Melissa Wu – From Prodigy to Legend!

Melissa Wu

Melissa Wu – From Prodigy to Legend!

Kinda dusty in here! A silent embrace that says so much about sacrifice, overcoming doubts & persistence. In her 4th Olympics trying for an individual medal, Melissa Wu finally transitioned from child prodigy to legend with a brilliant bronze in the 10m diving.

Since her Commonwealth Games debut at 13 and winning a team silver as a 16 year old at the 2008 Beijing Olympics, the proud Chinese-Australian diver has fallen short of a medal as an individual diver. In Beijing in 2008 she finished sixth, four years later in London she finished fourth, while in Rio in 2016 she was fifth.

The cumulative toll of a long career of competition caused a catalogue of injuries including shoulder, rib, knee, wrist, neck and back issues which triggered doubts and serious thoughts of retirement.

Outside the pool she has battled bullying, depression and the tragic death of her sister Kirsten by suicide in 2014, which plunged her life into chaos. The diving community got around her with Melissa noting to “You don’t get over it … time just passes and you just get used to living with it. Diving saved me, helped me. I looked at diving differently after that.”

Her sister has remained a presence throughout the Tokyo Olympics, and Melissa shared her inner thoughts with the Age: “I definitely have been thinking about her and it’s been really hard … I know she’s always with me and I have her now in a way I didn’t have before. I get to share this in a different way with her.”

Melissa has developed a new perspective through the journey: “I appreciate these Olympics a lot more because I have been through a lot these last few years. To be able to overcome that and see what I am made of is a huge achievement. I’m finally proud of myself, it’s taken a while, but you take the good with the bad.”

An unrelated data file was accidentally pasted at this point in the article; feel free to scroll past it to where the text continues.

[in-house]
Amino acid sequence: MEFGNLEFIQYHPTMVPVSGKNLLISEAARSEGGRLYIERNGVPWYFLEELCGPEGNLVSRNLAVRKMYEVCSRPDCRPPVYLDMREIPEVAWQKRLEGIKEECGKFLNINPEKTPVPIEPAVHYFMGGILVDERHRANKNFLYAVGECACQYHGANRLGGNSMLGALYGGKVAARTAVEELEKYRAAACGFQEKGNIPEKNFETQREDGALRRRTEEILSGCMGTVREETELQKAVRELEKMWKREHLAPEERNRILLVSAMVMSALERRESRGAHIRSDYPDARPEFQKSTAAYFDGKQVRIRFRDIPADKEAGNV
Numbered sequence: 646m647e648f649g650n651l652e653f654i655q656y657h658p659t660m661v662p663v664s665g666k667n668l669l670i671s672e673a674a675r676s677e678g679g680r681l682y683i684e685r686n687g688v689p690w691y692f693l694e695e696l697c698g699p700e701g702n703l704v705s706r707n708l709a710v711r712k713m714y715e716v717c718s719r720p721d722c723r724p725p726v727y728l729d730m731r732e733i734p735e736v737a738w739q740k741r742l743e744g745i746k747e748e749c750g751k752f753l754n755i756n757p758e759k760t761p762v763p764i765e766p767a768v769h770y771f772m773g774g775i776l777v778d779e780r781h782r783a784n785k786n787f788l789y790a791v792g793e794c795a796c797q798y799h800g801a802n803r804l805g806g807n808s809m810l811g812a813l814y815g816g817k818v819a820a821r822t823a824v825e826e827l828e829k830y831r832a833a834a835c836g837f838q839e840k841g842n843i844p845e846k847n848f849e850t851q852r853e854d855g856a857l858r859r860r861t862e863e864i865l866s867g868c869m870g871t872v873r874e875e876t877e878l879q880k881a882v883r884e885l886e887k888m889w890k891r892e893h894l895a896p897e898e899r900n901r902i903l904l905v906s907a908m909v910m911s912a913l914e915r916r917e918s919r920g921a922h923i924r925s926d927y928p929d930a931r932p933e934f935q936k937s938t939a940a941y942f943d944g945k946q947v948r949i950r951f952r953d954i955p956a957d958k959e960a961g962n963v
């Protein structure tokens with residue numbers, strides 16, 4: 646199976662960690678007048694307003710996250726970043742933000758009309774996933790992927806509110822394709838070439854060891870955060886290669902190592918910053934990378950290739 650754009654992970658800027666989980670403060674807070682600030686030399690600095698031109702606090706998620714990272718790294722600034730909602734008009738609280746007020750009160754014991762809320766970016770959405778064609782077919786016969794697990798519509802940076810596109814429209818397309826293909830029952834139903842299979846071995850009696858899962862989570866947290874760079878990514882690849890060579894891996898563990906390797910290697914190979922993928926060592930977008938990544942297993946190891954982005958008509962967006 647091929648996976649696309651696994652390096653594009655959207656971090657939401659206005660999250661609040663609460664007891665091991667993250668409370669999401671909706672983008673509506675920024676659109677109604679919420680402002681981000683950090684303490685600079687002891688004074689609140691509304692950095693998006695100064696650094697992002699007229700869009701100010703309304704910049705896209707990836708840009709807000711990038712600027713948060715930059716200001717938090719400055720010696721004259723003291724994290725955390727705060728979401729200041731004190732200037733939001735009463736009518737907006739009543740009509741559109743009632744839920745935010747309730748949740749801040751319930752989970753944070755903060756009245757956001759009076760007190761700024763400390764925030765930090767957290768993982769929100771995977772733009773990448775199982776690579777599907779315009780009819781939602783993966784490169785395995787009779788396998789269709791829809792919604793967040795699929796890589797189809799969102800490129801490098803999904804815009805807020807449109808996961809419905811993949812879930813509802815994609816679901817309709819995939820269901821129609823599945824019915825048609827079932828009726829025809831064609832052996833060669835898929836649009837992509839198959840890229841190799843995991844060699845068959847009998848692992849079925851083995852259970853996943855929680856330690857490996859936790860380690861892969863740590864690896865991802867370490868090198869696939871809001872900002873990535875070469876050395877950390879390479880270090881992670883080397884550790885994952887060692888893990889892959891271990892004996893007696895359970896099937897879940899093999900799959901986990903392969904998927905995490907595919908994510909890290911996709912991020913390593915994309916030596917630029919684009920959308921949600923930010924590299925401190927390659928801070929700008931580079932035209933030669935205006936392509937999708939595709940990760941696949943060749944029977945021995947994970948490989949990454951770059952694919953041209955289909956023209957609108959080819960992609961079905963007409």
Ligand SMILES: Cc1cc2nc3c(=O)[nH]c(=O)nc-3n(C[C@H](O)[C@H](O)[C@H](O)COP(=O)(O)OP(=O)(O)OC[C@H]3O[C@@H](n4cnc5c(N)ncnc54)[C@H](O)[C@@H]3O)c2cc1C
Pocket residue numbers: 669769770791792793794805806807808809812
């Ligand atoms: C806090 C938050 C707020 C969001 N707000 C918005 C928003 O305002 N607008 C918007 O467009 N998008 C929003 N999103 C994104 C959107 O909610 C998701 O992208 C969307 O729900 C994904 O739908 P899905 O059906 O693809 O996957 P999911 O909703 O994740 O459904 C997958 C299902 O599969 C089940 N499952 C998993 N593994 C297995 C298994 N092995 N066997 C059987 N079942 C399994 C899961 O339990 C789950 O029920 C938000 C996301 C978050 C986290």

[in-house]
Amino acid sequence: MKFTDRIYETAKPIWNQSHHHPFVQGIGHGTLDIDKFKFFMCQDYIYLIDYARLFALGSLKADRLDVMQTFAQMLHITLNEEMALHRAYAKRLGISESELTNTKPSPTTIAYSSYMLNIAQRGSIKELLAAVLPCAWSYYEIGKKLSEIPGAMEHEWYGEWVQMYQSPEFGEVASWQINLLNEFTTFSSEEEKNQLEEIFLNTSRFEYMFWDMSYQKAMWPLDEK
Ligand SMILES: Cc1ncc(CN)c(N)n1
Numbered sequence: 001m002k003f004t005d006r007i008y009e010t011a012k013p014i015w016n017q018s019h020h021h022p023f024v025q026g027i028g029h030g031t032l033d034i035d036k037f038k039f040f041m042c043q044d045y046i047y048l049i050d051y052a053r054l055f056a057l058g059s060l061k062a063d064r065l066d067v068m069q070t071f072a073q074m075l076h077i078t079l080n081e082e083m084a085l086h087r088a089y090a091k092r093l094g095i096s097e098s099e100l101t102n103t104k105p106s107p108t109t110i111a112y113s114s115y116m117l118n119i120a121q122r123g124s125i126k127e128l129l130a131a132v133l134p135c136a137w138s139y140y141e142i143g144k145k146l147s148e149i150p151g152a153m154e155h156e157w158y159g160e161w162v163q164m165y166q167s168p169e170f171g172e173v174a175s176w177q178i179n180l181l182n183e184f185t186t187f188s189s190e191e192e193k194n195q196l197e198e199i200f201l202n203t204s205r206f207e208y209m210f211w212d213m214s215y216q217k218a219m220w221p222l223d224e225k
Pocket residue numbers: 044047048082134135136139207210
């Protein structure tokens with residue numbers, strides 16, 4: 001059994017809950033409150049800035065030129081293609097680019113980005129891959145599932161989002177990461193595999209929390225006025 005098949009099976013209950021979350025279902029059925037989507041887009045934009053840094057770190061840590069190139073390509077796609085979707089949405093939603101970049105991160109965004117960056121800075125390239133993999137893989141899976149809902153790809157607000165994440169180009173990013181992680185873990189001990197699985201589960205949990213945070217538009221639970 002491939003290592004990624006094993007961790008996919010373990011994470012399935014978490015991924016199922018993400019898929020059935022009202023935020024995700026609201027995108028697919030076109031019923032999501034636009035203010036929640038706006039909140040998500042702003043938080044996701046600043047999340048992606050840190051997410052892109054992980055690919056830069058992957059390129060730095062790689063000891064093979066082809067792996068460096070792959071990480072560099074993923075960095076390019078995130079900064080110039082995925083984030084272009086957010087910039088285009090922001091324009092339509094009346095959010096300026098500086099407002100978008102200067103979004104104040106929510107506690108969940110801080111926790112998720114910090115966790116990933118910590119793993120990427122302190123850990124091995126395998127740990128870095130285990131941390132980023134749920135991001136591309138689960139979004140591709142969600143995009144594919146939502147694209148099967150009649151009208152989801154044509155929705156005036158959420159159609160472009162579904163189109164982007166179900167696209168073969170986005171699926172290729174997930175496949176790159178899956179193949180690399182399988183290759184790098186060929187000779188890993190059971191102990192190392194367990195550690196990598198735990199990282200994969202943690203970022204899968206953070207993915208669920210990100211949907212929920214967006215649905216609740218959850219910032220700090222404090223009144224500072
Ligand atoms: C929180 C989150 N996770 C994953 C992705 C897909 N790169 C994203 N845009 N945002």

It took two brilliant Chinese child prodigies Quan Hongchan and Chen Yuxi to beat her with diving perfection but she stuck at her goal and 4th time lucky she took her place on the podium.

Road tested experience and the guidance of friends, family and coaches have combined to give her a healthy mental framework: “I’ve learnt to look at the big picture and keep things in perspective. Often, things don’t go to plan but it’s not the end of the world. The true test of character is how you react to those situations.”

She reacted incredibly to the pressure in Tokyo, diving with calm and composure and after collecting her medal, shared her grief at the recent death of her grandmother: “She was very close to me and I think this medal is very important to me because she didn’t get to see me win it, and that would have been very important to her.”

When Melissa stood on the podium, she stood for her country and family, past and present and for herself, living the personal mission of her tattoo which reads: “Only as much as I dream, can I be.”

You got there Melissa!


Image Source: AAP

Keen to learn more or engage the Chinese community in Australia? Contact our team at [email protected]

Patrick Skene

Patrick Skene is a founder and Chief Creative Officer of Cultural Pulse. Patrick works with over 100 communities and creates compelling content for clients to engage with them. He is a storyteller, marketer, writer and author of ‘The Big O, The Life & Times of Olsen Filipaina‘ which has gone into reprint. His stories on the intersection of sport, history and culture have been published by The Guardian Australia, the Age, the Sydney Morning Herald and Inside Sport. He is currently the proud coach of the Rockdale Raiders Under 8B1’s football team.